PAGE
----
Skip to content
Canajun Finances Home » How Insurance Companies Work?

How Insurance Companies Work?

From 2010, the one time I bought a new car. I have previously owned vehicles most of my life, and this car convinced me that is the correct decision. Getting insurance should have been simple?

As part of the gyrations I must go through to purchase a new vehicle, I must get my new car insured (that is the law, no getting away from that).

The easiest thing for me was to remove my old vehicle from the policy. Then add my new car, and pay the difference in premium (if there is any).

This same task I attempted to do. Since I am now a member of the Public Service, I receive a discount from my Insurance company. However, I was mistaken.

Currently, I am part of a discount plan given that I was a Nortel employee with this insurance company. I have my cars insured using this discount. I assumed if I called the “broker” for the Public Service side of the bargain, they would transfer me. Yes, dear reader, you guessed it, nothing is as simple as I think it will be, and thus the story takes a left-hand turn.

Insurance Sequence of Events

I called up the brokers and said, I am an existing client of the insurance company, and I’d like to add a vehicle to my coverage, the young lady on the phone was more than happy to help me out, and she asked for my policy ID to “bring up my file.” I exercised my abilities in the phonetic alphabet rattling of various Alfa, Bravo, Tango and other letters and the young lady typed it all in. She repeated back to me what I had just told her, and I agreed she had the correct policy number.

Her response surprised me when she said, “I am sorry, sir, your policy is not coming up. Do you have your policy with this broker?” I said, “Pardon?”. Who I have my insurance with is not as important as from whom I purchased my insurance. I was told that I would need to call the “broker” I had dealt with previously to add my new vehicle.

The interesting twist is that the “broker” I deal with is part of my insurance company. Thus I must call my insurance company, have them transfer me to my “broker,” and then add my new vehicle.

I finally got a new quote for my new vehicle, so that task is now complete.

Obtuse Insurance Games

My insurance policies renew in a few months. Now I will do something so obtuse that I must write it down to believe this, but here goes:

I will phone an insurance broker to get a quote for my car insurance with the same insurance company that I currently have to see if I can get a cheaper rate for my car insurance, even though the policy will be with the exact same insurance company.

I guess it makes sense given the discounts available and the free market at work. It always seems so obtuse that I can get a lower price for the same product by simply calling someone else. Yes, I am naive, I assume the lowest price should be the regular price, but that is another story.

Interesting Brand Name Funny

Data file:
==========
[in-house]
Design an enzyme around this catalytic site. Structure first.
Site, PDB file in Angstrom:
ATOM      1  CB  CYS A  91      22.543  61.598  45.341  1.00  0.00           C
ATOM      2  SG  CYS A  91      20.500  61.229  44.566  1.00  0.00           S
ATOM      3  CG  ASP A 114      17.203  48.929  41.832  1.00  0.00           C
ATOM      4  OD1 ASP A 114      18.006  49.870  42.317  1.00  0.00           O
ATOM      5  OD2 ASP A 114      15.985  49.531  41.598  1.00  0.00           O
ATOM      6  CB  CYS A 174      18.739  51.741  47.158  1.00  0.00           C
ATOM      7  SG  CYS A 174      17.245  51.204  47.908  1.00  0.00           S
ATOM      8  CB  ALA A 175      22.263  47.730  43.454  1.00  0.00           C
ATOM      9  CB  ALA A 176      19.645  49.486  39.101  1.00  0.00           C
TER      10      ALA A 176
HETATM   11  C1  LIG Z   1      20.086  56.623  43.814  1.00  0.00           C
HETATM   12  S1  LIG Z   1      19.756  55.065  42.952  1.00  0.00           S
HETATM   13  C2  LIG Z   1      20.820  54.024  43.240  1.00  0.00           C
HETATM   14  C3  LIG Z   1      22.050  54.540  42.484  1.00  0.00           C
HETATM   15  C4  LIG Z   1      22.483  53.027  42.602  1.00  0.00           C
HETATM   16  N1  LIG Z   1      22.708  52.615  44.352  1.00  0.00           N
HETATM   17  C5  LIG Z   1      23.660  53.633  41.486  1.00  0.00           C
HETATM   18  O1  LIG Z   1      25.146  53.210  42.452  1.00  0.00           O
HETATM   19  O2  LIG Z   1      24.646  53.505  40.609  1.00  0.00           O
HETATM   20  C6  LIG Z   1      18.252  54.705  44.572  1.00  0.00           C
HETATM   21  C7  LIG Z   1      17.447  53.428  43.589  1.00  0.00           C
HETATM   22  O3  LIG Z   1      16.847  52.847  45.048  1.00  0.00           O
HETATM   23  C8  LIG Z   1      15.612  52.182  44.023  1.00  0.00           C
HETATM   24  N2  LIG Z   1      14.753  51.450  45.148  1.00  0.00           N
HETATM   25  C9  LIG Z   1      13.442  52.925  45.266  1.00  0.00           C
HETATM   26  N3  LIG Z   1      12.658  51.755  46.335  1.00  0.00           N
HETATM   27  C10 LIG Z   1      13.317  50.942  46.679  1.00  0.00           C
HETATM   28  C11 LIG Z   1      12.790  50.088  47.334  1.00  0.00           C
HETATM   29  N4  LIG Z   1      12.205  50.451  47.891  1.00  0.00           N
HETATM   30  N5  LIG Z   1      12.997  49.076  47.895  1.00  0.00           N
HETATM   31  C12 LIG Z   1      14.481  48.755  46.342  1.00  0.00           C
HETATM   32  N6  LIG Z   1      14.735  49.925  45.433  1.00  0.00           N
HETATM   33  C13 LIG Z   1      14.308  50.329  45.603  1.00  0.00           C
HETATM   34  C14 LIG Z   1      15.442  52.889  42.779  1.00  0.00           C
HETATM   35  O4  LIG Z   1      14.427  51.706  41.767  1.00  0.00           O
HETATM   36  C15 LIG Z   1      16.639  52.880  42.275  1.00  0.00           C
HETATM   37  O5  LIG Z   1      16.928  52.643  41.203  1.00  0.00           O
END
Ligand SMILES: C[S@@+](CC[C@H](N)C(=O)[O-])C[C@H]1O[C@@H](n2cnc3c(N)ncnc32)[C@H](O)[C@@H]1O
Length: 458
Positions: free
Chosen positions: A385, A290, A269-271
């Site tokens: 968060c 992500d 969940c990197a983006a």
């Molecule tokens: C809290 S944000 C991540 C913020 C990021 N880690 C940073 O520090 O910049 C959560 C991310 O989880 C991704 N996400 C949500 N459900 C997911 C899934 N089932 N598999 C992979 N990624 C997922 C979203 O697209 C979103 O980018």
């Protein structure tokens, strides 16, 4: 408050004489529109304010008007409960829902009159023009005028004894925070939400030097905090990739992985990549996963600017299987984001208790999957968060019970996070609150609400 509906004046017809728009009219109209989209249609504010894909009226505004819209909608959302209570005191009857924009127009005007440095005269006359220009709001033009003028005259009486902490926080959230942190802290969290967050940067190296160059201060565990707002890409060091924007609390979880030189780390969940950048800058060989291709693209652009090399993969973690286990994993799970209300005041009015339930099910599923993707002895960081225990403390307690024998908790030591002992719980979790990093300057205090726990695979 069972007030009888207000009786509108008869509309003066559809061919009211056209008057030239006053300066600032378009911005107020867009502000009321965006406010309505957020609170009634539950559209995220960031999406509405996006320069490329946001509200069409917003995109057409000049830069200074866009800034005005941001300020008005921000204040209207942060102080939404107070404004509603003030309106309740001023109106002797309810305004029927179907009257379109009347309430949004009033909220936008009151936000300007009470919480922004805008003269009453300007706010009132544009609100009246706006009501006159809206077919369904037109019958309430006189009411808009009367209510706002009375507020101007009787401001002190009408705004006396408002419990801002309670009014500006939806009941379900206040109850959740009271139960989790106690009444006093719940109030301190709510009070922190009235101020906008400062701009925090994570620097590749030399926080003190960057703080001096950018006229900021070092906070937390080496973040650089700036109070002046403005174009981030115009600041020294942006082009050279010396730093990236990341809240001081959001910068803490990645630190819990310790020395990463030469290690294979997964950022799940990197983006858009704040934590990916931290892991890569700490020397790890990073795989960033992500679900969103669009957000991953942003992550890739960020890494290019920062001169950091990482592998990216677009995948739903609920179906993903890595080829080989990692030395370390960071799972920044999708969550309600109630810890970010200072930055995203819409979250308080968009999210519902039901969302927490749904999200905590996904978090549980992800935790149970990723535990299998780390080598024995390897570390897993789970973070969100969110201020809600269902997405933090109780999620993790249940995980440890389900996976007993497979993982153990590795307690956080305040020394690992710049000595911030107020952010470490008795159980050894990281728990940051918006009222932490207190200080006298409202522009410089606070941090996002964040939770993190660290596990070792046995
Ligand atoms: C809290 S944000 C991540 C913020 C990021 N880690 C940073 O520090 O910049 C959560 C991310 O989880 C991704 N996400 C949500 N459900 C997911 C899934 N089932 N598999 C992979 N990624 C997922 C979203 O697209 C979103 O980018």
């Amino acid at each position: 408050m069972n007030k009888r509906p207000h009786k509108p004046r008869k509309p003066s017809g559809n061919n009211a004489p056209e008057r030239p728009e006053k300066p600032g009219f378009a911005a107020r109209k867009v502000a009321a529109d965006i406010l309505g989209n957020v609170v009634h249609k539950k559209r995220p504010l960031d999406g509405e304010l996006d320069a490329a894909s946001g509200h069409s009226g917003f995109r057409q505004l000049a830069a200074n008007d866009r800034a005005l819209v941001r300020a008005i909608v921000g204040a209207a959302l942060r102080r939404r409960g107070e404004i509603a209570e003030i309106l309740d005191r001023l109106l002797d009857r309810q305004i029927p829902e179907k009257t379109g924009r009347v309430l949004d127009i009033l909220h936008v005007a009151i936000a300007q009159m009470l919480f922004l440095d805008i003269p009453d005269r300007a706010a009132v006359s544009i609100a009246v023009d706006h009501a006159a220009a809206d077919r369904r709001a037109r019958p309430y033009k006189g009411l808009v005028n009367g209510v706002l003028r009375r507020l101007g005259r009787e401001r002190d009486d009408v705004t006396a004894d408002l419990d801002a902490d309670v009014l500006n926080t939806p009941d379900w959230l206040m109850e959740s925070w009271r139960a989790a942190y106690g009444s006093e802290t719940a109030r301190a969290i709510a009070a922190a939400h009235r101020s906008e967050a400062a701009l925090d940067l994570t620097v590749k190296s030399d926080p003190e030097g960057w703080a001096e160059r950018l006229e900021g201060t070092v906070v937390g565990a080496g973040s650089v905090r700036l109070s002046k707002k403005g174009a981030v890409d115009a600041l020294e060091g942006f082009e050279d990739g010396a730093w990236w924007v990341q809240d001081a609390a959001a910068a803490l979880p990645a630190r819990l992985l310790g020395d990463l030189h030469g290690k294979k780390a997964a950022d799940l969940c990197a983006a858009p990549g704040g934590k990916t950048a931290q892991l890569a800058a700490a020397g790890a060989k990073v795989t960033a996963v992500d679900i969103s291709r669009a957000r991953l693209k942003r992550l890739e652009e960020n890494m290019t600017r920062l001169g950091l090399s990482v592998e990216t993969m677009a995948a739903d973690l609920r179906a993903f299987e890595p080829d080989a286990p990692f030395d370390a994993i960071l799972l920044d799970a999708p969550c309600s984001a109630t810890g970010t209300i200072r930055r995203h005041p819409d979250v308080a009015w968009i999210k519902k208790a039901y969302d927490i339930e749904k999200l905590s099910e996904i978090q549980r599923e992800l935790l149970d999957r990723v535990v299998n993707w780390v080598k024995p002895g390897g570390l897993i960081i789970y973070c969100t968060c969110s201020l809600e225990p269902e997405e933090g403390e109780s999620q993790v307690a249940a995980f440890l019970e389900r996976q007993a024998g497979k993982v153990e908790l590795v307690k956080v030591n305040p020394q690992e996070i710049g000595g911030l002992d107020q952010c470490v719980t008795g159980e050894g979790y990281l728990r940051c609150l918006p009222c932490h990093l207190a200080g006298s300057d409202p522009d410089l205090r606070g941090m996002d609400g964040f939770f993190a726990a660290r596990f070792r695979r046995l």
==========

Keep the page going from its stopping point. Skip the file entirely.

When Buick introduced its new Luxury Sports Sedan (I have no idea what this class of car is for, but let’s stay on track here), they did not check with their offices in Montreal about the new Brand Name they were going with. This vehicle’s name is the LaCrosse, but in French Canadian slang, LaCrosse means … Ummm … let me put this in a delicate way … male sexual self-gratification, to put it as delicately as I can. I was unaware of this, but I did check with a French Canadian co-worker, and sure enough, that is the case.

This is almost as good as the Chevy Nova, which in Spanish translates to “No Go”!

OK, nothing to do with money, but still quite funny

Feel Free to Comment

  1. Are they both different people within the same insurance company? Or are you trying to move from dealing directly with the insurer to dealing with a broker. Because while it’s surprising that the broker could offer the better deal, it’s still not surprising that they couldn’t service a product that someone else sold.

  2. The same logic applies to your lower price. Just as you can shop around different stores for the exact same physical product, you can shop around different stores for the exact same financial product. Depending on that store’s (broker’s) profit margin, and sometimes volume discounts they get from the producer (insurance company), they can offer different deals.

  3. An insurance company is a producer, and a broker is a store. If you bought a Samsung TV at Superstore, would you take it back to Future Shop for service? They both sell the same brand, after all.

  4. Last week, I just called my insurance (State Farm) and got 3 quotes for 3 different cars in < 5 minutes over the phone, that's the easy part.

    Hard part is learning that new car rate is more (from $1600~$2000/yr vs my current $1200), so I'll continue to drive my old car then

Leave a Reply

This site uses Akismet to reduce spam. Learn how your comment data is processed.

Verified by MonsterInsights